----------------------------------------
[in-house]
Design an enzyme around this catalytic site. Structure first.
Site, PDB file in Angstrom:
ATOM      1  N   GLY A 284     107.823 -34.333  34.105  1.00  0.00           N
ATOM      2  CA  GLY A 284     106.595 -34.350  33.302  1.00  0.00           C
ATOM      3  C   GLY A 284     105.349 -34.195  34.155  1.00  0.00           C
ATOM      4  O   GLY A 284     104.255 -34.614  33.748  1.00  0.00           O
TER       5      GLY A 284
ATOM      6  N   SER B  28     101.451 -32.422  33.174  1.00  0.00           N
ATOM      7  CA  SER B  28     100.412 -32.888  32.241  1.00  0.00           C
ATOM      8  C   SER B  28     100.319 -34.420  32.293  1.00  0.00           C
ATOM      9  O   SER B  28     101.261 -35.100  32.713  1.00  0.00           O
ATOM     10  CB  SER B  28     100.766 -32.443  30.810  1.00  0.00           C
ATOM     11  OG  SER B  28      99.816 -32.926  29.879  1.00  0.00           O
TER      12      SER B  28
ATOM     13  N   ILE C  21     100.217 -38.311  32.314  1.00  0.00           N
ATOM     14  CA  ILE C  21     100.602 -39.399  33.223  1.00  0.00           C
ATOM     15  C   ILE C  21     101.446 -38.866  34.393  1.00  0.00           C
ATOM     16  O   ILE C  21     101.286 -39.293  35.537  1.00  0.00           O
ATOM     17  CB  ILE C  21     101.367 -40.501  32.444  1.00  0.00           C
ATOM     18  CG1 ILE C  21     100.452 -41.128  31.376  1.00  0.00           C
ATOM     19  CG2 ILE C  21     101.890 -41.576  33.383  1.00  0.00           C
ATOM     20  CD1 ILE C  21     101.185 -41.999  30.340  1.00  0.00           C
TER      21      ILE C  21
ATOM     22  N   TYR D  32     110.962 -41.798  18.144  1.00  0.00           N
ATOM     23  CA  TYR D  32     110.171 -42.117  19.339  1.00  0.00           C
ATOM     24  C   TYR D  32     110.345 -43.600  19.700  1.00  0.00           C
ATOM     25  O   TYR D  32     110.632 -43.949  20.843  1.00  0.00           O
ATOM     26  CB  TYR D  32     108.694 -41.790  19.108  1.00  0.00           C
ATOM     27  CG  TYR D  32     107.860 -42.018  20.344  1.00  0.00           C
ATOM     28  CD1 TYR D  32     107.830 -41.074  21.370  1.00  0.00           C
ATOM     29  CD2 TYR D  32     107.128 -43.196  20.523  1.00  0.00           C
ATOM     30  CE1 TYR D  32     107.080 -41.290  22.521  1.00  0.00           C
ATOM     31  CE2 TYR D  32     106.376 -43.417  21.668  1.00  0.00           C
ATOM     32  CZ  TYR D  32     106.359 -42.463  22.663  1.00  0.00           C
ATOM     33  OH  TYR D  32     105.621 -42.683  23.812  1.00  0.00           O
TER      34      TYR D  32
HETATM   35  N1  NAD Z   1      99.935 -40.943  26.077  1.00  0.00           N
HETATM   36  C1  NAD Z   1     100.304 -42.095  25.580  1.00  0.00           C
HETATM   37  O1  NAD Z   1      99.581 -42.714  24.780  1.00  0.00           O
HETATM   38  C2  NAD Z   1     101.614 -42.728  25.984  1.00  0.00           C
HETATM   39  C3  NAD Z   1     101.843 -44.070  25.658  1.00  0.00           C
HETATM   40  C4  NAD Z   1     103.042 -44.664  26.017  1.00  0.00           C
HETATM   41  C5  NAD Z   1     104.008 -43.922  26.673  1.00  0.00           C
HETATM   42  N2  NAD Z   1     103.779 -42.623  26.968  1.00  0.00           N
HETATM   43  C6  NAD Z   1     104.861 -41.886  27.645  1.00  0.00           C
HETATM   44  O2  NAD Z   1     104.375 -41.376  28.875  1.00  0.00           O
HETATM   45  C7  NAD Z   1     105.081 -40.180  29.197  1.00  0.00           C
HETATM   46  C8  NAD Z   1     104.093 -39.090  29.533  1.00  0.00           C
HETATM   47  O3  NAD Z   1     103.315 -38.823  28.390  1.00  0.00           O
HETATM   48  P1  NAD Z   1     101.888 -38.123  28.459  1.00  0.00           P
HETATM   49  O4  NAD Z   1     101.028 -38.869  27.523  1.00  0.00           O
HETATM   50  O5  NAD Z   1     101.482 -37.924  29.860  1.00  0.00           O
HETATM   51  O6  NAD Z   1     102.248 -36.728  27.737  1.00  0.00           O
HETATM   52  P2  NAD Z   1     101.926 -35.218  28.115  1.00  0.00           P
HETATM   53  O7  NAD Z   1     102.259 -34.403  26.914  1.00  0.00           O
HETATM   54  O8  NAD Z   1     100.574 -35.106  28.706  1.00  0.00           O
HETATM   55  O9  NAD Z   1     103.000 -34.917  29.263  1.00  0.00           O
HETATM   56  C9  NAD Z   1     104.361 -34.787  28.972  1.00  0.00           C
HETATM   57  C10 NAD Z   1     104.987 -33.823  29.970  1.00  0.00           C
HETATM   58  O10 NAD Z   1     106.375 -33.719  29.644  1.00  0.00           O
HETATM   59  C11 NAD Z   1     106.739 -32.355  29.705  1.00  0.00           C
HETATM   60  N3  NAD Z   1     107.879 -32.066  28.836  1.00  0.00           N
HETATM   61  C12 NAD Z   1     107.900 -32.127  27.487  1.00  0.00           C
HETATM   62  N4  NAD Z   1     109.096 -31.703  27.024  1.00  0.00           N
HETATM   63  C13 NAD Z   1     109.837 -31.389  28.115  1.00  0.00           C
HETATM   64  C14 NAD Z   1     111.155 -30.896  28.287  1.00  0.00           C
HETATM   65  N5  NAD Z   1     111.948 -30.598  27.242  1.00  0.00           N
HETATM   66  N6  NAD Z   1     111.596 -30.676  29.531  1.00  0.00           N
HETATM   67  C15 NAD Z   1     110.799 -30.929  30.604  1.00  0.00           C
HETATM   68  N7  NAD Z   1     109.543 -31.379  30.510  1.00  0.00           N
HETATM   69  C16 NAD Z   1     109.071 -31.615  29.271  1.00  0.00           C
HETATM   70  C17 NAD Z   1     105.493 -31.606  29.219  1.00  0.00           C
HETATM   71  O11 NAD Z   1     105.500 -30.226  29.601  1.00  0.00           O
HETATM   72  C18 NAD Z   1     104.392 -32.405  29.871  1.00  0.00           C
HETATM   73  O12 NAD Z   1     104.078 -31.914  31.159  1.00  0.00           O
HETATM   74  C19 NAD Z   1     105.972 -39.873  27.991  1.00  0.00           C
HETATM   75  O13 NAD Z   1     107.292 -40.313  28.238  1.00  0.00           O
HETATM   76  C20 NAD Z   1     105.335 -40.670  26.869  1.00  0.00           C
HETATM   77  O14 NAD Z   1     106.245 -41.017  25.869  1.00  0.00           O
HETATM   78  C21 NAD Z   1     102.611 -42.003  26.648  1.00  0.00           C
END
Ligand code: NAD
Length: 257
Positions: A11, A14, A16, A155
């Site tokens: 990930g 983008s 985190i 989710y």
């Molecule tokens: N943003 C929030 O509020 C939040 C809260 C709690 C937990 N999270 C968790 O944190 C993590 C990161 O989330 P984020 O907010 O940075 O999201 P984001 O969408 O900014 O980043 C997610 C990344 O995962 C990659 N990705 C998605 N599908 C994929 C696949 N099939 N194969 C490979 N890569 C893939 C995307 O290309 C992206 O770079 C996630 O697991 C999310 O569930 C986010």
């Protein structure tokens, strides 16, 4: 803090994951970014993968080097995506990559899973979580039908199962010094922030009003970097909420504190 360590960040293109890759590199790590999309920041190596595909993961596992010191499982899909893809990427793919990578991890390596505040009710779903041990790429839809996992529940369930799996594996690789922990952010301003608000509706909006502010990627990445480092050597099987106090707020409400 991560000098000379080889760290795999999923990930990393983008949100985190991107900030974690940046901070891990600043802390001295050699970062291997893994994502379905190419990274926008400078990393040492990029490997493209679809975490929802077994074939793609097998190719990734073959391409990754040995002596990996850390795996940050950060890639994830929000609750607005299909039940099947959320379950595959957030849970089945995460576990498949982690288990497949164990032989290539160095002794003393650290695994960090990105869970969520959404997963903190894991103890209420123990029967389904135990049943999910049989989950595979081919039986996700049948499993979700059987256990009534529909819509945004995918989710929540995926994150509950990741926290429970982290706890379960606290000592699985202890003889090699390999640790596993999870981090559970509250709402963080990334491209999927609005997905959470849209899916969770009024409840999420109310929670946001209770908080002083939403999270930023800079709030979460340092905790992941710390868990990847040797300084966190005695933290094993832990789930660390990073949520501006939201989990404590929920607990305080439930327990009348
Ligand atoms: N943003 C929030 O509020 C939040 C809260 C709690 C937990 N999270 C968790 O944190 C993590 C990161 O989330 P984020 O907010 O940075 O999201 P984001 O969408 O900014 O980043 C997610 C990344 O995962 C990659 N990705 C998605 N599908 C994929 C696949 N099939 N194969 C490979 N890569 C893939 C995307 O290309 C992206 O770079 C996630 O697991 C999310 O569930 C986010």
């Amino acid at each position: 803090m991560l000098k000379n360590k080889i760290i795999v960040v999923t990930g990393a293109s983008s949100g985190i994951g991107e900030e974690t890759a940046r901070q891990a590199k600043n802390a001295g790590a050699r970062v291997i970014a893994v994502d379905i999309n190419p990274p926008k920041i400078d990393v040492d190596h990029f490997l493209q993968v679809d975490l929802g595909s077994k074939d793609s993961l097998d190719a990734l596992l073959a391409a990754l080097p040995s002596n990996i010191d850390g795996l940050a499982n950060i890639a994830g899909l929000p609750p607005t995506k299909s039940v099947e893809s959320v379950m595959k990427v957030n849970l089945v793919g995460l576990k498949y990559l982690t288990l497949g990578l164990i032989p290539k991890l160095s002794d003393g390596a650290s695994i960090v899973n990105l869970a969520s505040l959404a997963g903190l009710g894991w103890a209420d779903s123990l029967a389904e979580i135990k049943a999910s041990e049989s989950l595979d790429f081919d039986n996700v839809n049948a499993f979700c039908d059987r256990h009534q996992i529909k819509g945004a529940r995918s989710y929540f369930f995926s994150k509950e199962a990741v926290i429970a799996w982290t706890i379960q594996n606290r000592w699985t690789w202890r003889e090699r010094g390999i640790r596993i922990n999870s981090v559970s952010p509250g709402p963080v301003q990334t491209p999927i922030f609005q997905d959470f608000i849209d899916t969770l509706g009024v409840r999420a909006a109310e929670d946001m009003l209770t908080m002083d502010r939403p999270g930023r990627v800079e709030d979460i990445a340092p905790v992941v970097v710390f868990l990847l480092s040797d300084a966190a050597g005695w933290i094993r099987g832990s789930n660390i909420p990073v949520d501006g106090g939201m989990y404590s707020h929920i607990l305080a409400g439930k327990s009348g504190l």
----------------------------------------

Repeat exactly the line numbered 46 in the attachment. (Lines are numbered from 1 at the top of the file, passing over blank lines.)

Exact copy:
HETATM   43  C6  NAD Z   1     104.861 -41.886  27.645  1.00  0.00           C